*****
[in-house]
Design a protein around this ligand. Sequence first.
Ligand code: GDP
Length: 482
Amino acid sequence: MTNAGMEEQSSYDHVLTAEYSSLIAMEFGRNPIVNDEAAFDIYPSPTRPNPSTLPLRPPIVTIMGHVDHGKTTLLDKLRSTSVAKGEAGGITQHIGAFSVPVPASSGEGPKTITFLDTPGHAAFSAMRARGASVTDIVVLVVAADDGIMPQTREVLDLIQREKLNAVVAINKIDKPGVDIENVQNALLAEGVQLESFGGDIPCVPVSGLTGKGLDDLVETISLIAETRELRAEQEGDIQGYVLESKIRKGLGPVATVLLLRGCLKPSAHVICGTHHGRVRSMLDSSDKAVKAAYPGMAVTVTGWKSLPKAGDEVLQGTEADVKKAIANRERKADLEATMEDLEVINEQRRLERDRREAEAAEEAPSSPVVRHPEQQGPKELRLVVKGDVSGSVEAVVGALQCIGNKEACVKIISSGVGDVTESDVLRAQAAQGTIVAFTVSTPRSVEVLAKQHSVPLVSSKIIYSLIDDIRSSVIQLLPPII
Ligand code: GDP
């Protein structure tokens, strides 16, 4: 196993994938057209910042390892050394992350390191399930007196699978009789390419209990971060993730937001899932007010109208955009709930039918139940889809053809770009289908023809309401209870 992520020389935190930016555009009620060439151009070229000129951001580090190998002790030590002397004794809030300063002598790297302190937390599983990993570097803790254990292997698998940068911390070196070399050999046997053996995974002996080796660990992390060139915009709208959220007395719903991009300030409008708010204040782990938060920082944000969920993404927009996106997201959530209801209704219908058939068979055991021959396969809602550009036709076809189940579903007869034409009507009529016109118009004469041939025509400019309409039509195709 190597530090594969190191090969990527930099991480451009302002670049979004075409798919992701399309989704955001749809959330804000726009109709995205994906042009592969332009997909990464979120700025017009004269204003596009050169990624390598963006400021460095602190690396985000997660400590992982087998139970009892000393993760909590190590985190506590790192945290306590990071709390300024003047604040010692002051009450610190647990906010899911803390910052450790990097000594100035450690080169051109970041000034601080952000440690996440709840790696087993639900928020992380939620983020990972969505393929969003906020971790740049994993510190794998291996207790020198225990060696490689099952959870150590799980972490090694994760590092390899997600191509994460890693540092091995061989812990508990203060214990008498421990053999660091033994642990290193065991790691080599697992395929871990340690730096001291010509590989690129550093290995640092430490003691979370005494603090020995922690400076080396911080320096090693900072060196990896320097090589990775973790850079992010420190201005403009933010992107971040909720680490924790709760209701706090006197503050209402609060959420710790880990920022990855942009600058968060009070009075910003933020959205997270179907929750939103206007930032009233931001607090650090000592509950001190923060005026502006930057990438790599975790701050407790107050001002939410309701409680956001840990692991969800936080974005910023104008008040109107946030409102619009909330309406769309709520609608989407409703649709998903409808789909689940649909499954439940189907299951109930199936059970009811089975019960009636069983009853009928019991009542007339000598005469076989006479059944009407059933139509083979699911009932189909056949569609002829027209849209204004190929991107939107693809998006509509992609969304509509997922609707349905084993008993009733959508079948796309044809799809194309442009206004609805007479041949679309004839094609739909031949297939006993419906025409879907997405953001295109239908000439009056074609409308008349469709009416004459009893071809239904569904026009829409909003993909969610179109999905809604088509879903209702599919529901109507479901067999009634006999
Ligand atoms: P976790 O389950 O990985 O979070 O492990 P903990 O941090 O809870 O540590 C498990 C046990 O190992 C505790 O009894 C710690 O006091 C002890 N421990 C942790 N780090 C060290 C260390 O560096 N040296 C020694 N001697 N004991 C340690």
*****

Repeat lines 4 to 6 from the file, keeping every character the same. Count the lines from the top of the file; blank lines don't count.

Length: 482
Amino acid sequence: MTNAGMEEQSSYDHVLTAEYSSLIAMEFGRNPIVNDEAAFDIYPSPTRPNPSTLPLRPPIVTIMGHVDHGKTTLLDKLRSTSVAKGEAGGITQHIGAFSVPVPASSGEGPKTITFLDTPGHAAFSAMRARGASVTDIVVLVVAADDGIMPQTREVLDLIQREKLNAVVAINKIDKPGVDIENVQNALLAEGVQLESFGGDIPCVPVSGLTGKGLDDLVETISLIAETRELRAEQEGDIQGYVLESKIRKGLGPVATVLLLRGCLKPSAHVICGTHHGRVRSMLDSSDKAVKAAYPGMAVTVTGWKSLPKAGDEVLQGTEADVKKAIANRERKADLEATMEDLEVINEQRRLERDRREAEAAEEAPSSPVVRHPEQQGPKELRLVVKGDVSGSVEAVVGALQCIGNKEACVKIISSGVGDVTESDVLRAQAAQGTIVAFTVSTPRSVEVLAKQHSVPLVSSKIIYSLIDDIRSSVIQLLPPII
Ligand code: GDP